The 10-day Writing Challenge

Today, Leeann Betts issues a challenge.  She writes contemporary suspense, while her real-life persona, Donna Schlachter, pens historical suspense. She has released five titles in her cozy mystery series, By the Numbers. In addition, Leeann has written a devotional for accountants, bookkeepers, and financial folk. Donna Schlachter, has also published a book on writing, Nuggets of Writing Gold. Today, she issues a challenge for writers.

Have you ever stared at a blank computer screen and wondered what on earth you were thinking when you thought you were a writer? Or maybe you’ve pounded away at the keyboard and cranked out a thousand words, but when you read them, realized they were gibberish and needed to be deleted? Or perhaps you’ve written a complete novel, or two, or three, but can’t seem to find the energy to edit them, or send them to an agent or publisher.

Writing is hard. It’s hard to be rejected. Criticized. Told you have plot holes. Or cardboard characters. Or you need to join a writers group and learn how to write. Or your story line is boring.

I know how you feel. Really, I do. I’ve been told all of that, and more. “Horrendous” was once used to describe a project I submitted to an editor.

So how do we overcome all of the voices–including our own–telling us we can’t do this? How do we get enough oomph in our engine to continue writing until we reach the end of the book? How do we persevere long enough to see success, however we define that for our writing?

A 10-day writing challenge might be the perfect solution to all of these problems. It’s short enough not to eat up too much time. Each day’s activity takes twenty minutes or less. And by the time you complete Day 10, you’ll have character sketches and an outline for a book.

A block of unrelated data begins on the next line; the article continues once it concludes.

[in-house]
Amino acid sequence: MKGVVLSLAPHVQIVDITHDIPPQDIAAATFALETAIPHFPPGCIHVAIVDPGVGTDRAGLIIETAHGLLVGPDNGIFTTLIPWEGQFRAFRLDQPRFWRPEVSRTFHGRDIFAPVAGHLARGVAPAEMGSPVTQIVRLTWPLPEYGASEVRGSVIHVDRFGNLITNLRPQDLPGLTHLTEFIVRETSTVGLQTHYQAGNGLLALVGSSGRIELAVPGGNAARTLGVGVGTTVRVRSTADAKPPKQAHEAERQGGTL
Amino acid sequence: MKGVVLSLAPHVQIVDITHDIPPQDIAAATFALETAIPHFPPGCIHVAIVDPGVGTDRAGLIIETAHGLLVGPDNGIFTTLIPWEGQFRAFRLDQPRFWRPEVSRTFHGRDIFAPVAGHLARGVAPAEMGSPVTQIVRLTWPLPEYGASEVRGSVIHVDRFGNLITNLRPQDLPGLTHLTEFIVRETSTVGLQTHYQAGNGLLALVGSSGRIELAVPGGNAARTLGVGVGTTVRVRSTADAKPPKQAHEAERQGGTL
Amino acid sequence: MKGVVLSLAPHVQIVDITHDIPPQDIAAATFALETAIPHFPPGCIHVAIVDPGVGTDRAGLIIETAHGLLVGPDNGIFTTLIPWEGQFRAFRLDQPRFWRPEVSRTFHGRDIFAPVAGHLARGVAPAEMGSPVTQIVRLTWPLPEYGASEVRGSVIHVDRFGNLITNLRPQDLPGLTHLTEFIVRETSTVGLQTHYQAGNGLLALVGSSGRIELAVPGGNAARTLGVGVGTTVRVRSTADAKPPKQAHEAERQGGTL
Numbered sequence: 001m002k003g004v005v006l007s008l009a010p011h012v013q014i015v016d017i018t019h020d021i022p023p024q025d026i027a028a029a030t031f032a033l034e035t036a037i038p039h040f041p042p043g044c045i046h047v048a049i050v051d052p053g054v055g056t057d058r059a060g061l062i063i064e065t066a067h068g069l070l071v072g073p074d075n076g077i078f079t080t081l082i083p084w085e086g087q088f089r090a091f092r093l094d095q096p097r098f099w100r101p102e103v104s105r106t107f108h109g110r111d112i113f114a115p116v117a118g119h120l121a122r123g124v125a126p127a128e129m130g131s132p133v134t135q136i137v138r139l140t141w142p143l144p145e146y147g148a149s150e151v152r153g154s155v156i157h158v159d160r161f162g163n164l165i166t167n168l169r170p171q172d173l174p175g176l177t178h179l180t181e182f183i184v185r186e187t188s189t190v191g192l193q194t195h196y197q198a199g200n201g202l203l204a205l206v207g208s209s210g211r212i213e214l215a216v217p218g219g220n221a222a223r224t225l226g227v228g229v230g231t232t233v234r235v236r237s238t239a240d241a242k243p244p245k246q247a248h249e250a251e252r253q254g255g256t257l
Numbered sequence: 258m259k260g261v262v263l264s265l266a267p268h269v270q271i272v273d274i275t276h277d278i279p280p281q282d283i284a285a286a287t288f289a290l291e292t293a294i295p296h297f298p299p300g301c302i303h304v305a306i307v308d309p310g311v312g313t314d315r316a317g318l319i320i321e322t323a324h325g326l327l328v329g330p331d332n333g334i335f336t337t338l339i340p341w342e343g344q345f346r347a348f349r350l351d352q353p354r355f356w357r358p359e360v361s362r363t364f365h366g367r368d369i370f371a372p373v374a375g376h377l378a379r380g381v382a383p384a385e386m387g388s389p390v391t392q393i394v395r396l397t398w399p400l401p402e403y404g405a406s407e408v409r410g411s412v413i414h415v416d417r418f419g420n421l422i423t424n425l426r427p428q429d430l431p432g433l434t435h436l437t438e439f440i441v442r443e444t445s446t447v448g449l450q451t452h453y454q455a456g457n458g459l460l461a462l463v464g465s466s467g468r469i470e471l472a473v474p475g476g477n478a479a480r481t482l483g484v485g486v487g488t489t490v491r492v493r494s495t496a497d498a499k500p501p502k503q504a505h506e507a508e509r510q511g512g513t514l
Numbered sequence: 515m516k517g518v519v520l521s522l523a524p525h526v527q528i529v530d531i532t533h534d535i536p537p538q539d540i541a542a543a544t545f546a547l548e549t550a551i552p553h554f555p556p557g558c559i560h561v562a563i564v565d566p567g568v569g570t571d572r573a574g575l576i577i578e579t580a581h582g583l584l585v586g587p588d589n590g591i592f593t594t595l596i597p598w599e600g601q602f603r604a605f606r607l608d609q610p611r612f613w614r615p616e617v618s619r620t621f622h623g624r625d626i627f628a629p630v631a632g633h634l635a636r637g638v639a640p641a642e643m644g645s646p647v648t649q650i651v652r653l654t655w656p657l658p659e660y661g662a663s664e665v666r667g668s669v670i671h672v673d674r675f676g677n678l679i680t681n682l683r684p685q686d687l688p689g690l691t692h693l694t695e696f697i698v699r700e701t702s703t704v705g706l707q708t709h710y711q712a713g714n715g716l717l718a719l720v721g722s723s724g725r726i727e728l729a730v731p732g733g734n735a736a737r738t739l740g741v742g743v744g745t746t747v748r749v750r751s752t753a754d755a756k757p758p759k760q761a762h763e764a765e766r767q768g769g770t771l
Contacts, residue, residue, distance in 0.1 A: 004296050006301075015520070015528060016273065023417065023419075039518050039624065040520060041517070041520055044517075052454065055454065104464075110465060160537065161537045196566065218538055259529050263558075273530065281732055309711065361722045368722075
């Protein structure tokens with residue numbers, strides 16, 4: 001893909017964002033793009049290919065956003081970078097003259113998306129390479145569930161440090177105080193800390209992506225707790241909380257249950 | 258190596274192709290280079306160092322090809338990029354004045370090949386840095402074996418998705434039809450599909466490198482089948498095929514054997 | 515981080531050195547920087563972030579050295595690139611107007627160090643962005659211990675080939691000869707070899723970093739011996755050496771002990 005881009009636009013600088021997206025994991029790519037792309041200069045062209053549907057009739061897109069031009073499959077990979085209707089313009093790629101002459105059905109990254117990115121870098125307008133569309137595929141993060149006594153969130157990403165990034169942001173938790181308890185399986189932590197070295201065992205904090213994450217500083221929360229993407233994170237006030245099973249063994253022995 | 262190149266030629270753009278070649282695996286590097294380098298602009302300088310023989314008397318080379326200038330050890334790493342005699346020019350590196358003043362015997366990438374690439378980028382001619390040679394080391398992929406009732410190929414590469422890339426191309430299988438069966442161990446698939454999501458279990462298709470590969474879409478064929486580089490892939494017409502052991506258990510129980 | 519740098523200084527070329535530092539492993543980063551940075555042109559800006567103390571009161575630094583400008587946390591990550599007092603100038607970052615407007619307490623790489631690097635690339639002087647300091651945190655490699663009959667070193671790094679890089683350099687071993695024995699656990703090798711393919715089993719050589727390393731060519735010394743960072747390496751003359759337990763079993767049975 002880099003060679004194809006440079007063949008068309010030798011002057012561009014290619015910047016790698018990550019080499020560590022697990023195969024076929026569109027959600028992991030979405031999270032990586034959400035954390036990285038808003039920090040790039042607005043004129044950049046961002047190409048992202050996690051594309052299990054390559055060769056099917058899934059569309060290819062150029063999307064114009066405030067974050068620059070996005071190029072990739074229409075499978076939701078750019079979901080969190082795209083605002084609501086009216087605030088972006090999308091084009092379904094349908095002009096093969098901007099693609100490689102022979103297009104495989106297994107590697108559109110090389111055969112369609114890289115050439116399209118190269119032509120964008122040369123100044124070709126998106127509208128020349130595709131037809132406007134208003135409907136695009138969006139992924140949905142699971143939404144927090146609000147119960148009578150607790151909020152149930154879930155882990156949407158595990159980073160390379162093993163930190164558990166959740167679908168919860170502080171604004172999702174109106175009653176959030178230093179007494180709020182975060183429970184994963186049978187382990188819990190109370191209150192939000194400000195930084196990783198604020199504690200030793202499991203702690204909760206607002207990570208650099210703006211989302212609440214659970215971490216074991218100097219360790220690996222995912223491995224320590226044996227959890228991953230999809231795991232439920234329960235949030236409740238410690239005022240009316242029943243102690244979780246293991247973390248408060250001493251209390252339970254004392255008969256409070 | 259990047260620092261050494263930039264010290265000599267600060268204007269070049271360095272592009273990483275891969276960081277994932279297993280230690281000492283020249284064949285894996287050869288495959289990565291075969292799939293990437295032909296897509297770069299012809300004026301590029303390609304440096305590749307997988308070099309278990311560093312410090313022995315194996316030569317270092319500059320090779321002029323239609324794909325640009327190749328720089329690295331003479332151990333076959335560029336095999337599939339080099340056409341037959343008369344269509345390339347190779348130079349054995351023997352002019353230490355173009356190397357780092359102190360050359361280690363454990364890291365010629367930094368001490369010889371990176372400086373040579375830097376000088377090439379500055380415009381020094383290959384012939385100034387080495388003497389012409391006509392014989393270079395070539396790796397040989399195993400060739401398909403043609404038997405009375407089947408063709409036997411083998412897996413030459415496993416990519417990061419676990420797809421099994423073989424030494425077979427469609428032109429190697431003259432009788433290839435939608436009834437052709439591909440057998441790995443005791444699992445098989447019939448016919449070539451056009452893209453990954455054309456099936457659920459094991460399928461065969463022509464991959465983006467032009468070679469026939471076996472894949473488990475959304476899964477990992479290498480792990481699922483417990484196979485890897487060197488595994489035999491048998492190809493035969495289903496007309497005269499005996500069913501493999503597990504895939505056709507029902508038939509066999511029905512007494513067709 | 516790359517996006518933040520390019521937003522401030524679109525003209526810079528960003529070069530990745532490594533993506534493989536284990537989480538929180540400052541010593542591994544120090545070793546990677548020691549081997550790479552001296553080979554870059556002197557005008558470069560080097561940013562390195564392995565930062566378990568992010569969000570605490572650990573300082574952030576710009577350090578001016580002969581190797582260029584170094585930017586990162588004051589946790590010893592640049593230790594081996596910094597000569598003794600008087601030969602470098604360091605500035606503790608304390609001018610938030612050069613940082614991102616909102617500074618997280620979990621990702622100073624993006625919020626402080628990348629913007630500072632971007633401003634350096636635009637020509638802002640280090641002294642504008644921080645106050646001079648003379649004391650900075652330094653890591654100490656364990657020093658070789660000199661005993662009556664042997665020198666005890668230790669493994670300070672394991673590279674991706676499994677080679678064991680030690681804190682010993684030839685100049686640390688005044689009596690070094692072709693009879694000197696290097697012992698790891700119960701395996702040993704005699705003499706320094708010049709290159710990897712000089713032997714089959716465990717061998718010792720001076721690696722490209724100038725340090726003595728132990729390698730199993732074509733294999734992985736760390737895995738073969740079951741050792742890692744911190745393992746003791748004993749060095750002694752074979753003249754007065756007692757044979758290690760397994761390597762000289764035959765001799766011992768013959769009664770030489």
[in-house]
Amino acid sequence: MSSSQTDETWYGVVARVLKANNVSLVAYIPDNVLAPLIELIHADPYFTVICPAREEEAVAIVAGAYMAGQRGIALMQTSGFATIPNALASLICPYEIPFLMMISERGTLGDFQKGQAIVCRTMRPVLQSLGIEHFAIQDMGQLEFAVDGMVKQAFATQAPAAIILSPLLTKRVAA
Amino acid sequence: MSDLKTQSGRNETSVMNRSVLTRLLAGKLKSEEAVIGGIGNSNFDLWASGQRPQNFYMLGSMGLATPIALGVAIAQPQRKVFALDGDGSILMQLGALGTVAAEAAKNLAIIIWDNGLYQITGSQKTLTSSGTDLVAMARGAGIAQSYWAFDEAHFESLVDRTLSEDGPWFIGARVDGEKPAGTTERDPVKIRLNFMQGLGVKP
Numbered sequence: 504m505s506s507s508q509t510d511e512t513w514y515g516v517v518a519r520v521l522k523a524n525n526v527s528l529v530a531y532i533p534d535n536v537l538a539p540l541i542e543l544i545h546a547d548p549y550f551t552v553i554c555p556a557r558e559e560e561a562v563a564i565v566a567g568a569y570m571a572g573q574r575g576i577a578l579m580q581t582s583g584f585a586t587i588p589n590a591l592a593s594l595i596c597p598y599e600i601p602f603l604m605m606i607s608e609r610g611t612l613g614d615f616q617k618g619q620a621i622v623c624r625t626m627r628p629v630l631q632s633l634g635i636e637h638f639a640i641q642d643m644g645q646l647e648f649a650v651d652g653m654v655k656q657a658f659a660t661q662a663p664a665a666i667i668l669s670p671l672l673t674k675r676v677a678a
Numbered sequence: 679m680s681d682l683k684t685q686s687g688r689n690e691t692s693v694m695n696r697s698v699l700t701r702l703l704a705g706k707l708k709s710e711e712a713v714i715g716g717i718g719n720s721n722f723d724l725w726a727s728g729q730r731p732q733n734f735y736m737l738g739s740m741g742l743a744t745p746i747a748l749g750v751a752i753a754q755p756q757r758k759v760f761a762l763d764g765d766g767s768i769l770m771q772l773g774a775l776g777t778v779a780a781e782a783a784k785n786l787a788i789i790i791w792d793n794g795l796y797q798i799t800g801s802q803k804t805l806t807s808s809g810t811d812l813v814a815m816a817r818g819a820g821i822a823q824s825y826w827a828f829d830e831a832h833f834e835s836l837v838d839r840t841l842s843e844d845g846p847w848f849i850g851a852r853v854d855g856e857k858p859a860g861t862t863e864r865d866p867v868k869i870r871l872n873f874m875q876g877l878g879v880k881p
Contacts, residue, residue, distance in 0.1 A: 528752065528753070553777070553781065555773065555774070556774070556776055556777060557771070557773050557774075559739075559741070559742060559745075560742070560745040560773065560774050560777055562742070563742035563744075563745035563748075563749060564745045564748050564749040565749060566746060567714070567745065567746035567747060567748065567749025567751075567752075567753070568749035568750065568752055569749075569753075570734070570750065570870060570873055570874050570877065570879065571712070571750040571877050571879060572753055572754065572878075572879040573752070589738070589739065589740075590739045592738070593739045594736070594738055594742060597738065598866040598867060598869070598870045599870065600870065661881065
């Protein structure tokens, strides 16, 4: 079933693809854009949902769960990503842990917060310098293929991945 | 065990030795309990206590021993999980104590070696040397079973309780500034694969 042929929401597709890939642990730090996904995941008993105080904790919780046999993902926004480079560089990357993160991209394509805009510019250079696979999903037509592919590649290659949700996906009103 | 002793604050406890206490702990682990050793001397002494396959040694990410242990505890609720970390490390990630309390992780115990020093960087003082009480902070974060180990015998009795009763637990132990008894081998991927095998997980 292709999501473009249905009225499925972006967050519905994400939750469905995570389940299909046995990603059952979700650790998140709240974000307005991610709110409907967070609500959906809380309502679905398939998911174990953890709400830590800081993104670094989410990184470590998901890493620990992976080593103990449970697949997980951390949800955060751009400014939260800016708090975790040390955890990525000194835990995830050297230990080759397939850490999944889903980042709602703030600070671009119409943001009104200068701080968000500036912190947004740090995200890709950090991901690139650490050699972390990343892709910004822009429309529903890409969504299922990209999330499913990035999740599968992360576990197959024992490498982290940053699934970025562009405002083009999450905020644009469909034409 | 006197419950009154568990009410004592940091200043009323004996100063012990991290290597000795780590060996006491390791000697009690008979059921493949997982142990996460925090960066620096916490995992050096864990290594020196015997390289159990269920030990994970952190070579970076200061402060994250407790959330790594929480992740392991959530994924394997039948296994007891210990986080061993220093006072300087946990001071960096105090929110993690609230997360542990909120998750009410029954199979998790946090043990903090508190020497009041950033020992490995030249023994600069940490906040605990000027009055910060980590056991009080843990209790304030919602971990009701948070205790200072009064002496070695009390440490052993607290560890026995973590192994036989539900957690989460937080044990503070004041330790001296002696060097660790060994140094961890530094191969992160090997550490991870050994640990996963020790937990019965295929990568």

Here we go, the abbreviated version:

Day 1: Set a timer for 3 minutes. Write down why you’re taking this challenge. Go ahead, be silly. Be insightful. Be honest.

Day 2: Set a timer for 3 minutes. Write down things you’re passionate about. Passion as in you could talk for hours without notes. Passion as in it gets your blood boiling when you hear someone else say it’s not important.

Day 3: Set a timer for 3 minutes. Write down things you’re good at. Not expert. Just something you do adequately.

Day 4: Set a timer for 3 minutes. Write down the titles of books you want to write. If you can’t think of any, write down the titles of books you wish you’d written.

Day 5: Set a timer for 3 minutes. Choose one title from Day 4. List the characters and the setting.

Day 6: Set a timer for 3 minutes. Write your acceptance speech for an Academy Award for when the novel from Day 5 is turned into a movie.

Day 7: Set a timer for 3 minutes. Write the opening paragraph for the book from Day 6.

Day 8: Set a timer for 3 minutes. Write a two-sentence summary of the book from Day 7. What you’d say in response to the question, “So, what’s your book about?”

Day 9: Set a timer for 3 minutes. Write a one-sentence summary of each chapter of the book you worked on in Days 5 through 8.

Day 10: Set a timer for 3 minutes. Write the final scene for the book you’ve been working on in Days 5 through 9.

That’s it. From idea to outline in ten days. Now, write that book!.

Donna publishes a free quarterly newsletter that includes a book review and articles on writing and books of interest to readers and writers. You can subscribe at www.LeeannBetts.com or follow Leeann at www.AllBettsAreOff.wordpress.com All books are available on Amazon.com in digital and print.

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